Updated Jun 2, 2018

The next great workplace challenge: 100-year careers

Illustration: Sarah Grillo / Axios

Scientists expect people to live routinely to 100 in the coming decades, and as long as 150. Which also suggests a much longer working life lasting well into the 70s, 80s, and even 100, according to researchers with Pearson and Oxford University.

Quick take: Thinkers of various types are absorbed in navigating the age of automation and flat wages, but their challenge will be complicated by something few have considered — a much-extended bulge of older workers.

  • That includes an even harder time balancing new blood and experience, and sussing out the best basic education for lives probably traversing numerous professions. "How will we ever prepare someone in 16 years for a 100-year career?" Pearson's Amar Kumar tells Axios.

What's going on: In researching the future of work, the Pearson-Oxford team began with a question — if a child were starting school today, what skills would he or she ideally learn in order to be ready for a possibly century-long career (the list they came up with is below)?

Among their conclusions:

  • Future students need to accumulate deep knowledge, as well as skills. This diverges from a common assumption that it's sufficient to know how to look up detail on the Internet. "You need the knowledge so you can build on it to know the next thing," Kumar said.
  • STEM skills will be ultra-useful, but must be twinned with people skills like psychology or anthropology. "Being a great coder will get you a job in 2018. But to sustain you till 2030, you need more skills," he said.
  • It's impossible for a child to learn all the necessary higher-order skills even with an eight-year graduate university education. Instead, people will return to college again and again to refresh their mind.

The assumptions about greater longevity come in part from studies at Harvard and McGill universities. David Sinclair, a professor in the Department of Genetics at Harvard Medical School, says that the first person who will live to be 150 has already been born.

"A child born today in the USA has a 50:50 chance of reaching 104. Some will live much longer."
— Sinclair to Axios

He went on in an email:

"This means the arc of our lives must be re-examined. Future jobs will be filled by healthy, vibrant people over 75, perhaps in non-profit work (such as my 78-year-old father) or just helping out with the family. Women will be able to have children into their 40s with new technologies, allowing them to postpone starting a family."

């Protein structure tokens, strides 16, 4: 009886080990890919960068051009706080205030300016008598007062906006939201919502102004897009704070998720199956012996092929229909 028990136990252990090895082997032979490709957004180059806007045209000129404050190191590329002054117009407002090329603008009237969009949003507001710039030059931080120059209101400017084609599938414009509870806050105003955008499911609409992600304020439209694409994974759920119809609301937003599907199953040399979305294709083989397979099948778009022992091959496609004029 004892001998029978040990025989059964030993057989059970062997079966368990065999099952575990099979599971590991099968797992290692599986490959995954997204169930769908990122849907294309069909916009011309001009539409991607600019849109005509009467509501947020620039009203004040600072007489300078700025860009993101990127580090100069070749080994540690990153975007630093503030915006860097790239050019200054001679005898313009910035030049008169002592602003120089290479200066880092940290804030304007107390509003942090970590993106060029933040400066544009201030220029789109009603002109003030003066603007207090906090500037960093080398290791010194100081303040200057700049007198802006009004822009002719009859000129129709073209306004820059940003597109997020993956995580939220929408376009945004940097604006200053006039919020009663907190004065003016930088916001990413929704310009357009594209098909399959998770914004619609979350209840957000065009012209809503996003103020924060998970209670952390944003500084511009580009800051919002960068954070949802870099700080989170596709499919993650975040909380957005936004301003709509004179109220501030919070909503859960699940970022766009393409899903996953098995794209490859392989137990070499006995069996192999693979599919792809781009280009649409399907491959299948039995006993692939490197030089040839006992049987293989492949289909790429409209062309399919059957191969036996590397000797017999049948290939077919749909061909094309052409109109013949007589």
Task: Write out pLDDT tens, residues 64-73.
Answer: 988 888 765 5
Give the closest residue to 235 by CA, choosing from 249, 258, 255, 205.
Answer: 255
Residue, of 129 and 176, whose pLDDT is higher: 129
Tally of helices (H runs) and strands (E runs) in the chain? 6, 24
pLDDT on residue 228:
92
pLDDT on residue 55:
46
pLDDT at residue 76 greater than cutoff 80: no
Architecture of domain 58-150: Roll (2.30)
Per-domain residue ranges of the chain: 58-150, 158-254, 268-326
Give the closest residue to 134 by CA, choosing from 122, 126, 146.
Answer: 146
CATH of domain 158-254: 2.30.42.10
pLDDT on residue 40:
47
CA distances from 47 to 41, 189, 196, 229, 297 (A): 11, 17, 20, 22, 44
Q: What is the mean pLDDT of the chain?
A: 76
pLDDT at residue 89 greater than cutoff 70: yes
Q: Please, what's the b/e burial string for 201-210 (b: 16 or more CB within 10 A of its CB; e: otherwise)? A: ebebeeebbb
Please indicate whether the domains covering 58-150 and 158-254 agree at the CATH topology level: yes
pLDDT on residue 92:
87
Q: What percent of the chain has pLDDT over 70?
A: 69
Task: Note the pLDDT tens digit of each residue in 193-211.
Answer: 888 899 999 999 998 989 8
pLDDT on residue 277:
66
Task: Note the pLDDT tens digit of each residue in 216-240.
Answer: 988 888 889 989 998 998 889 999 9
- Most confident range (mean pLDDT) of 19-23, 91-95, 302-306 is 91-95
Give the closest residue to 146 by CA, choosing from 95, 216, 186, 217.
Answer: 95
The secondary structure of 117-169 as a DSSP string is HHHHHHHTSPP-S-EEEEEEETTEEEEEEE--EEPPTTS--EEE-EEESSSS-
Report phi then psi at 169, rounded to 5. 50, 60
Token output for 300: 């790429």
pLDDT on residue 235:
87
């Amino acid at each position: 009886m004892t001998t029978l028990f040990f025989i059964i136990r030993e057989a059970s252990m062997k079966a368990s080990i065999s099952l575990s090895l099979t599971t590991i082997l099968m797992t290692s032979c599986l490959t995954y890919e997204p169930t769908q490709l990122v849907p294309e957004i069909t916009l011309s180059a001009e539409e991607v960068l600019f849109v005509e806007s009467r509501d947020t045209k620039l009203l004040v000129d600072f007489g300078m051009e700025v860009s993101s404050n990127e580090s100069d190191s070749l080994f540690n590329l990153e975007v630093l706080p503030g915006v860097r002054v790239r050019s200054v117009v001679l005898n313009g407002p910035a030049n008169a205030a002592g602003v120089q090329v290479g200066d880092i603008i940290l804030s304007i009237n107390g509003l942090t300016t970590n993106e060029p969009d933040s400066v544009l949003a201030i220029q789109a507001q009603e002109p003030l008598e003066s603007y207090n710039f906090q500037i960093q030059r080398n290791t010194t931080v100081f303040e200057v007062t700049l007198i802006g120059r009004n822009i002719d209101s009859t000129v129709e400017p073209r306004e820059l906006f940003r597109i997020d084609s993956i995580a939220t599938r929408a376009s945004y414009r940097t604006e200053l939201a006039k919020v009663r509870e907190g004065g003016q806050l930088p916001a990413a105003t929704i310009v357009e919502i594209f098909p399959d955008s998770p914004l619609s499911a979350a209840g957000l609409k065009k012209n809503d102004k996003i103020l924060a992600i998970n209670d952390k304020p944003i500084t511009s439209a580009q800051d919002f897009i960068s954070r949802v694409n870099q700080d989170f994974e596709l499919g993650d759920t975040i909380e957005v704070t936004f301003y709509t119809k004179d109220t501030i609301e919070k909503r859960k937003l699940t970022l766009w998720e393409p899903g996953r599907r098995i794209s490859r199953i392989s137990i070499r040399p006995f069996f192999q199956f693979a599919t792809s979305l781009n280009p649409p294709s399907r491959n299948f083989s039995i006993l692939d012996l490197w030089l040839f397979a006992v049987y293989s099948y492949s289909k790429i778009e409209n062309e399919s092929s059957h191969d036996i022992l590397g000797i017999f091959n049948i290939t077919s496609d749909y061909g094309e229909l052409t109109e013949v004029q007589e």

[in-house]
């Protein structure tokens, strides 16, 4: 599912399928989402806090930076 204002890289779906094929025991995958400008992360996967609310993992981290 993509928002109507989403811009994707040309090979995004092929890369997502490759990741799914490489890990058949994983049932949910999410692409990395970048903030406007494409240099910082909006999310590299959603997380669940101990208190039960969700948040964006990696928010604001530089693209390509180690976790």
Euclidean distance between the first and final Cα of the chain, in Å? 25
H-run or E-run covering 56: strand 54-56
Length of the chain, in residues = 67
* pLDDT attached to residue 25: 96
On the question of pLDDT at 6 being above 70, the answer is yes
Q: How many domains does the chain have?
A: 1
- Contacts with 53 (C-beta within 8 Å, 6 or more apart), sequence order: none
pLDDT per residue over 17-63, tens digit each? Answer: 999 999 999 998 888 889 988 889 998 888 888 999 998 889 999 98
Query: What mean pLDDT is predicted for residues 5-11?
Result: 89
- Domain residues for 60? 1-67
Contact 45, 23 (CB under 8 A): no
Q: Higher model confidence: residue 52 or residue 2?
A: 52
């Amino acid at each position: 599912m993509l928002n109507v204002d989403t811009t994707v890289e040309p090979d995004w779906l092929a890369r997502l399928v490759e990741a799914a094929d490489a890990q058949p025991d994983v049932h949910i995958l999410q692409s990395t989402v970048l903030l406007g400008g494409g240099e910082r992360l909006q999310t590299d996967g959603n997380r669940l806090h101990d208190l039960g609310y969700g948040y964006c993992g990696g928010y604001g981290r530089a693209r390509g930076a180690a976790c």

The top 10 skills a child born today should learn in a normal basic education, according to the Pearson-Oxford study:

  1. Learning strategies
  2. Psychology
  3. Instructing
  4. Social perceptiveness
  5. Sociology and anthropology
  6. Education and training
  7. Coordination
  8. Originality
  9. Fluency of ideas
  10. Active learning

Go deeper

Pandemic forces startups to shift gears

Illustration: Eniola Odetunde/Axios

Spaces CEO Brad Herman had an early warning about COVID-19 because his startup supplies VR attractions to a number of theme parks in China. Realizing that the business he spent the last few years building was going to evaporate, Herman quickly found a new way to apply his team's know-how: helping companies host Zoom teleconferences in VR.

Why it matters: Many startups are rethinking the viability of their core businesses in the wake of the coronavirus. Spaces' move is one of many such pivots likely to crop up in the coming months.

International coronavirus treatment trial uses AI to speed results

Hydroxychloroquine is one of the drugs that will be included in the trial. Photo: John Philips/Getty Images

The first hospital network in the U.S. has joined an international clinical trial using artificial intelligence to help determine which treatments for patients with the novel coronavirus are most effective on an on-going basis.

Why it matters: In the midst of a pandemic, scientists face dueling needs: to find treatments quickly and to ensure they are safe and effective. By using this new type of adaptive platform, doctors hope to collect clinical data that will help more quickly determine what actually works.

We can't just flip the switch on the coronavirus

Illustration: Sarah Grillo/Axios

It feels like some big, terrible switch got flipped when the coronavirus upended our lives — so it’s natural to want to simply flip it back. But that is not how the return to normalcy will go.

The big picture: Even as the number of illnesses and deaths in the U.S. start to fall, and we start to think about leaving the house again, the way forward will likely be slow and uneven. This may feel like it all happened suddenly, but it won't end that way.